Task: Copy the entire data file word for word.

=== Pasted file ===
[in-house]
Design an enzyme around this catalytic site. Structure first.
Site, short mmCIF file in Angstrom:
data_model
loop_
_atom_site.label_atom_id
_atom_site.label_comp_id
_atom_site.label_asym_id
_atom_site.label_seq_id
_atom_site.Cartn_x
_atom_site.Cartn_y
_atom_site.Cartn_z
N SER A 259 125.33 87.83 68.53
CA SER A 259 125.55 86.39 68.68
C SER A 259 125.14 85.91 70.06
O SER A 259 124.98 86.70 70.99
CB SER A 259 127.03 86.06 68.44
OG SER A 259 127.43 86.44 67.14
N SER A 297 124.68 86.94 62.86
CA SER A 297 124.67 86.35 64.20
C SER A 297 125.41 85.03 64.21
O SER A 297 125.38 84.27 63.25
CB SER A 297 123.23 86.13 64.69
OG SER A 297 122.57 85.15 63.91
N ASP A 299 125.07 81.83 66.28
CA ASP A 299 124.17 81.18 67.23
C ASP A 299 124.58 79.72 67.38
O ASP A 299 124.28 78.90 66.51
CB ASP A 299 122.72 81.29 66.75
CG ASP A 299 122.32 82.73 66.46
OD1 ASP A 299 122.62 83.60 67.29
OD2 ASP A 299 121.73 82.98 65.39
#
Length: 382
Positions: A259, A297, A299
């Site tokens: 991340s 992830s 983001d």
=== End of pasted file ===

[in-house]
Design an enzyme around this catalytic site. Structure first.
Site, short mmCIF file in Angstrom:
data_model
loop_
_atom_site.label_atom_id
_atom_site.label_comp_id
_atom_site.label_asym_id
_atom_site.label_seq_id
_atom_site.Cartn_x
_atom_site.Cartn_y
_atom_site.Cartn_z
N SER A 259 125.33 87.83 68.53
CA SER A 259 125.55 86.39 68.68
C SER A 259 125.14 85.91 70.06
O SER A 259 124.98 86.70 70.99
CB SER A 259 127.03 86.06 68.44
OG SER A 259 127.43 86.44 67.14
N SER A 297 124.68 86.94 62.86
CA SER A 297 124.67 86.35 64.20
C SER A 297 125.41 85.03 64.21
O SER A 297 125.38 84.27 63.25
CB SER A 297 123.23 86.13 64.69
OG SER A 297 122.57 85.15 63.91
N ASP A 299 125.07 81.83 66.28
CA ASP A 299 124.17 81.18 67.23
C ASP A 299 124.58 79.72 67.38
O ASP A 299 124.28 78.90 66.51
CB ASP A 299 122.72 81.29 66.75
CG ASP A 299 122.32 82.73 66.46
OD1 ASP A 299 122.62 83.60 67.29
OD2 ASP A 299 121.73 82.98 65.39
#
Length: 382
Positions: A259, A297, A299
């Site tokens: 991340s 992830s 983001d």